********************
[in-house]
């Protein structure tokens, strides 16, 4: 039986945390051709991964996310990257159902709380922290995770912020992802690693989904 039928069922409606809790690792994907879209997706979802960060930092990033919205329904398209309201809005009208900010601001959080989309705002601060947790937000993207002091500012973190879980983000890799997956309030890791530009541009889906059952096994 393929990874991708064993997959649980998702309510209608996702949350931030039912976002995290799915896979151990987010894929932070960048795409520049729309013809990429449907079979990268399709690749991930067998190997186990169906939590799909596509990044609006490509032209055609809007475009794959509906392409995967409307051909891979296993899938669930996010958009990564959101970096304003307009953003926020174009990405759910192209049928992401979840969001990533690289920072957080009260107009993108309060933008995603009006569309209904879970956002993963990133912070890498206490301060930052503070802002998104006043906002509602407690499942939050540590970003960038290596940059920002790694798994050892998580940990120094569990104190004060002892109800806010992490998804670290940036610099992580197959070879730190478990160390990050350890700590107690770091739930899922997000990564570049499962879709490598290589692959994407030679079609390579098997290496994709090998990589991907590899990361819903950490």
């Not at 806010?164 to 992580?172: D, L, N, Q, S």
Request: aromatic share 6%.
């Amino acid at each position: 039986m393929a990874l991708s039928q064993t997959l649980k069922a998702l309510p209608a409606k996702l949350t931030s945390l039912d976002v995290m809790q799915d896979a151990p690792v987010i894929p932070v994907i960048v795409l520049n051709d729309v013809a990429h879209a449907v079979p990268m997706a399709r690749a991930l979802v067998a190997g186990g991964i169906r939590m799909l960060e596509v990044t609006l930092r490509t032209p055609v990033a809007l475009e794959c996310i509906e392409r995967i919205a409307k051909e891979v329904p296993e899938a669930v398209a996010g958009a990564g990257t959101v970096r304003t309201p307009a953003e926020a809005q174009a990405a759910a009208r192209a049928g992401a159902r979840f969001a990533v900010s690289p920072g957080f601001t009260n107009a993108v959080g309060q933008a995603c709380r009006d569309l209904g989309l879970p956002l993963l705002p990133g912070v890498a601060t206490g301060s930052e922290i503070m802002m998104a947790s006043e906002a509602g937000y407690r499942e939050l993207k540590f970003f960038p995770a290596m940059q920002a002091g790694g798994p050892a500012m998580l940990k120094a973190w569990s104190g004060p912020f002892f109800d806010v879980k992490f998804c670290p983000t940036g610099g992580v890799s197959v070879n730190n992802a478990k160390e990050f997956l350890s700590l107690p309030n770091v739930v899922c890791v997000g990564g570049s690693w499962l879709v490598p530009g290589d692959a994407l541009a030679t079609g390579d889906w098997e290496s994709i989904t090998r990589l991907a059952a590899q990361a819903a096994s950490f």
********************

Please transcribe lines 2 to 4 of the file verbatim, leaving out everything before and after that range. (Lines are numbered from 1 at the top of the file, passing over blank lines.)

């Protein structure tokens, strides 16, 4: 039986945390051709991964996310990257159902709380922290995770912020992802690693989904 039928069922409606809790690792994907879209997706979802960060930092990033919205329904398209309201809005009208900010601001959080989309705002601060947790937000993207002091500012973190879980983000890799997956309030890791530009541009889906059952096994 393929990874991708064993997959649980998702309510209608996702949350931030039912976002995290799915896979151990987010894929932070960048795409520049729309013809990429449907079979990268399709690749991930067998190997186990169906939590799909596509990044609006490509032209055609809007475009794959509906392409995967409307051909891979296993899938669930996010958009990564959101970096304003307009953003926020174009990405759910192209049928992401979840969001990533690289920072957080009260107009993108309060933008995603009006569309209904879970956002993963990133912070890498206490301060930052503070802002998104006043906002509602407690499942939050540590970003960038290596940059920002790694798994050892998580940990120094569990104190004060002892109800806010992490998804670290940036610099992580197959070879730190478990160390990050350890700590107690770091739930899922997000990564570049499962879709490598290589692959994407030679079609390579098997290496994709090998990589991907590899990361819903950490």
């Not at 806010?164 to 992580?172: D, L, N, Q, S």
Request: aromatic share 6%.